“There are many teachings in Islam that we, believers in Christ, can use as bridges to help Muslims draw near to and enter the Kingdom of God. The Qur’an states that God created Adam and Eve, that He sent the flood but rescued Noah, that He spoke to Abraham, that He gave the Torah (Pentateuch) to Moses, that He sent Jesus who was born of a virgin. All these narratives, common to both Muslims and Christians, can be used as bridges to bring Muslims closer to the Gospel of our Lord Jesus Christ. This does not mean that all the details of these stories in Islam are in full agreement with the biblical accounts, but they can work as starting points. It is also rewarding to establish friendships with Muslims as you seek to share with them the Gospel of Christ. Friends trust each other, depend on each other and desire each other’s wellbeing. Building bridges of common narratives and friendship pays dividends.”

“The Qur’an, Islam’s holy book, is a collection of jumbled statements and stories in a random arrangement. Most of its stories are fractured and lack consistency. Subjects and themes are not connected. So fractured are narratives in the Qur’an that only one story has a clear beginning, middle, and end: the story of Joseph. All the other stories pick up in the middle, or else they are never carried to their conclusion. The Qur’an admits that satan sometimes intervened and gave Muhammad ‘inspiration.’ It also states that Muhammad forgot some parts of it. Several chapters start with meaningless three-letter words such as alr, alm, etc. Even great quranic interpreters cannot find a meaning for such words. In one place the Qur’an states that no changes occurred in its text, and in another it says changes to it indeed took place.”

“In the past few decades, millions of Muslims have migrated to the West. Some seek jobs, others pursue freedom and a better living, and still others hope to conquer the West by converting Westerners to Islam or by sheer reproduction and numerical growth! I personally take this migration to mean the Lord wants to help the Church win large numbers of Muslims to Christ by bringing them to her doorstep.”

Next week I will share a few of the prayers Sobhi leads us in each week. I would also recommend that you check out my review of Praying For Muslims.

8 Quotes From “Transforming Grace”

Jerry Bridges’ book Transforming Grace is an amazing read! Check out my book review by clicking here.

“One of the best-kept secrets among Christians today is this: Jesus paid it all. I mean all. He not only purchased your forgiveness of sins and your ticket to heaven, He purchased every blessing and every answer to prayer you will ever receive. Every one of them—no exceptions.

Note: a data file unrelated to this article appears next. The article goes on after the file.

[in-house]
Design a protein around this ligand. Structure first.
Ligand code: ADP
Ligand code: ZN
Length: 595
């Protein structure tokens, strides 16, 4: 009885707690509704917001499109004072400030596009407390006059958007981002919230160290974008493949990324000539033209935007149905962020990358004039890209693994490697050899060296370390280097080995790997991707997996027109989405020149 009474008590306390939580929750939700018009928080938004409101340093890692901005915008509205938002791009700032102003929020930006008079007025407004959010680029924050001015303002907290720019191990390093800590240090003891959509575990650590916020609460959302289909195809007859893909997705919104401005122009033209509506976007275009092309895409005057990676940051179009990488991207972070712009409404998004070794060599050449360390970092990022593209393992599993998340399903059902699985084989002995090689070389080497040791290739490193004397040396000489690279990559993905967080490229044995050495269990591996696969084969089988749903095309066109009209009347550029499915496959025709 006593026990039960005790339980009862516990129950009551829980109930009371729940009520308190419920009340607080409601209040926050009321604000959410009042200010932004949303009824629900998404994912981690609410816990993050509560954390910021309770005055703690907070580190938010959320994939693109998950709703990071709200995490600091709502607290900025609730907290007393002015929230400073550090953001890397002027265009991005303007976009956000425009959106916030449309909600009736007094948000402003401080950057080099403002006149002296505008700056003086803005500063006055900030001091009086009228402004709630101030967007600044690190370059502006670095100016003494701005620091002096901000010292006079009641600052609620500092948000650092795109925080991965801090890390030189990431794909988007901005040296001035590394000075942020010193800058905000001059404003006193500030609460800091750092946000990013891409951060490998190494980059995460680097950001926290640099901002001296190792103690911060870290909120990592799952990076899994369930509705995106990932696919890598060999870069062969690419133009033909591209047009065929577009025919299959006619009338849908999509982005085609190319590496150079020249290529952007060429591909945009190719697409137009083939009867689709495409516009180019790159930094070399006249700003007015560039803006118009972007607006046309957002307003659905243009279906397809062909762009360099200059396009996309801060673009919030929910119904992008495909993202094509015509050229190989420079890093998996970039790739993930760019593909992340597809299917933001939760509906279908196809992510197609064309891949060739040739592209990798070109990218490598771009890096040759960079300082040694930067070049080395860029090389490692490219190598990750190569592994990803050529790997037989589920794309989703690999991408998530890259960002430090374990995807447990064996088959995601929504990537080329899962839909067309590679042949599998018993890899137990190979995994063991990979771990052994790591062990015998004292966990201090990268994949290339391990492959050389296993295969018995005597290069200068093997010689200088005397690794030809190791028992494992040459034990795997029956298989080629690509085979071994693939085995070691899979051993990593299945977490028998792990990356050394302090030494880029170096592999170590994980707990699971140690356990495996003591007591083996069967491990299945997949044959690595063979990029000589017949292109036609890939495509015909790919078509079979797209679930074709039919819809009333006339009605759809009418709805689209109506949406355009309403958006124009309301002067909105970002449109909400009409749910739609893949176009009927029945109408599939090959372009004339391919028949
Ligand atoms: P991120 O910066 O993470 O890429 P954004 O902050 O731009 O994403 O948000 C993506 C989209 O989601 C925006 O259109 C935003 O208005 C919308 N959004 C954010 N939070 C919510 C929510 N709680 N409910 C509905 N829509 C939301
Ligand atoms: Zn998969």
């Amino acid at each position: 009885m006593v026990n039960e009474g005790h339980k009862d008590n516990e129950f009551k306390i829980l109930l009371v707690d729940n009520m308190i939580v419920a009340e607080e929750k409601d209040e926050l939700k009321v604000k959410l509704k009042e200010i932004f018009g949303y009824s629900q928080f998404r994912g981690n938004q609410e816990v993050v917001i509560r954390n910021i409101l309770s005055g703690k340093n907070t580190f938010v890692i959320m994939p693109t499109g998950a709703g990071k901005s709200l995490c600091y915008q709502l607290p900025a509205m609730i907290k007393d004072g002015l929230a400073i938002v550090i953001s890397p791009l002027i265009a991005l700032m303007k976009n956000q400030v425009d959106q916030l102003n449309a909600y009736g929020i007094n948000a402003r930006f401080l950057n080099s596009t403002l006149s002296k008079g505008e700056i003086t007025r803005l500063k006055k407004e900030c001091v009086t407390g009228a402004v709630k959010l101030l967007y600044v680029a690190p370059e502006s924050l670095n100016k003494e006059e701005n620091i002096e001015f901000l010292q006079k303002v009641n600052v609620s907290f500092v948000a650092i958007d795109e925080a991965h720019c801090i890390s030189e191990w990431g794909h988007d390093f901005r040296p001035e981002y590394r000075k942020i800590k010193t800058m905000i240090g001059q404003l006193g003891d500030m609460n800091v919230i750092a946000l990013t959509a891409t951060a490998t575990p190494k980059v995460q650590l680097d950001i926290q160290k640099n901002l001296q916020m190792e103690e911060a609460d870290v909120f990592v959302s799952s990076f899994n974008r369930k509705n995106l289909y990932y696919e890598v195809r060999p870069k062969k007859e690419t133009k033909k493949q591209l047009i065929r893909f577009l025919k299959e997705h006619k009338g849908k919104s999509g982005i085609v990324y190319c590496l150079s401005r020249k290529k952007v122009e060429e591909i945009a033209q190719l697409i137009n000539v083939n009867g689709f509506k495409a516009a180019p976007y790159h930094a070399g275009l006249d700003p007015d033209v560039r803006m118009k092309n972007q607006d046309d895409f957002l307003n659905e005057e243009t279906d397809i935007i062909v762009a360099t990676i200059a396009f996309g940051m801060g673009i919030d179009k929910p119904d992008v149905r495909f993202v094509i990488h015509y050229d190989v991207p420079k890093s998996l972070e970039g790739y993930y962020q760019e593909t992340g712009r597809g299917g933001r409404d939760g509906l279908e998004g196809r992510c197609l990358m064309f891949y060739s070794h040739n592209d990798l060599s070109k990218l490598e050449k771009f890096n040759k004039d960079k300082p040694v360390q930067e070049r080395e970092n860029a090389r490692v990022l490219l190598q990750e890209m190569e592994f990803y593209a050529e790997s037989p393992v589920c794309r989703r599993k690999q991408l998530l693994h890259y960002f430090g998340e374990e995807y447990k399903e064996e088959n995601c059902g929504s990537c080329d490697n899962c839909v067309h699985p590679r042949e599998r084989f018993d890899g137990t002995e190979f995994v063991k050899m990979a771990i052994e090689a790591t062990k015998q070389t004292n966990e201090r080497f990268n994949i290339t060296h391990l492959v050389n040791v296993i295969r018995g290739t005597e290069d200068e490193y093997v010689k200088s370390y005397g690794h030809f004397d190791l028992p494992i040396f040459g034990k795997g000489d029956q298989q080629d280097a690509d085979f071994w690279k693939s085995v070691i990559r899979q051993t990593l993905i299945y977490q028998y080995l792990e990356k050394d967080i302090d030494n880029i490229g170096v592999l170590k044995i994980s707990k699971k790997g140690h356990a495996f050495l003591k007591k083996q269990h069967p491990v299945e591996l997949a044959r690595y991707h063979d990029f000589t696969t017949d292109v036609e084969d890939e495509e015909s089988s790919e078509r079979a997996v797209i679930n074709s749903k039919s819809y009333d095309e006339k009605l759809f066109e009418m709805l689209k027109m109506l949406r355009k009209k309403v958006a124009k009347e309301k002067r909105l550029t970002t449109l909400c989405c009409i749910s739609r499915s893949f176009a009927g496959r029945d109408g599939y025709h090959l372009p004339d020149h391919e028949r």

“Why is this such a well-kept secret? For one thing, we are afraid of this truth. We are afraid to tell even ourselves that we don’t have to work anymore, the work is all done. We are afraid that if we really believe this, we will slack off in our Christian duties. But the deeper core issue is that we don’t really believe we are still bankrupt. Having come into God’s kingdom by grace alone solely on the merit of Another, we’re now trying to pay our own way by our performance. We declared only temporary bankruptcy; we are now trying to live by good works rather than by grace.”

“To be justified means more than to be declared ‘not guilty.’ It actually means to be declared righteous before God.”

“God not only blots our sins from His record, He also remembers them no more. This expression means He no longer holds them against us. The blotting out of our transgressions is a legal act. It is an official pardon from the Supreme Governor. The remembering them no more is a relational act. It is the giving up by an injured party of all sense of being offended or injured. It is a promise never to bring up, either to Himself or to you, your sins.”

“God’s reward is out of all proportion to our service and sacrifice.”

“God often does bless people who seem to us to be quite unworthy. But that is what grace is all about, because we are all unworthy.”

“We all want grace, but we cannot enjoy grace when there is an attitude of comparing.”

“The Bible is full of God’s promises to provide for us spiritually and materially, to never forsake us, to give us peace in times of difficult circumstances, to cause all circumstances to work together for our good, and finally to bring us safely home to glory. Not one of those promises is dependent upon our performance. They are all dependent on the grace of God given to us through Jesus Christ.”

“Our love for God, expressed through obedience to Him, is to be a response to His love, not a means of trying to earn it.”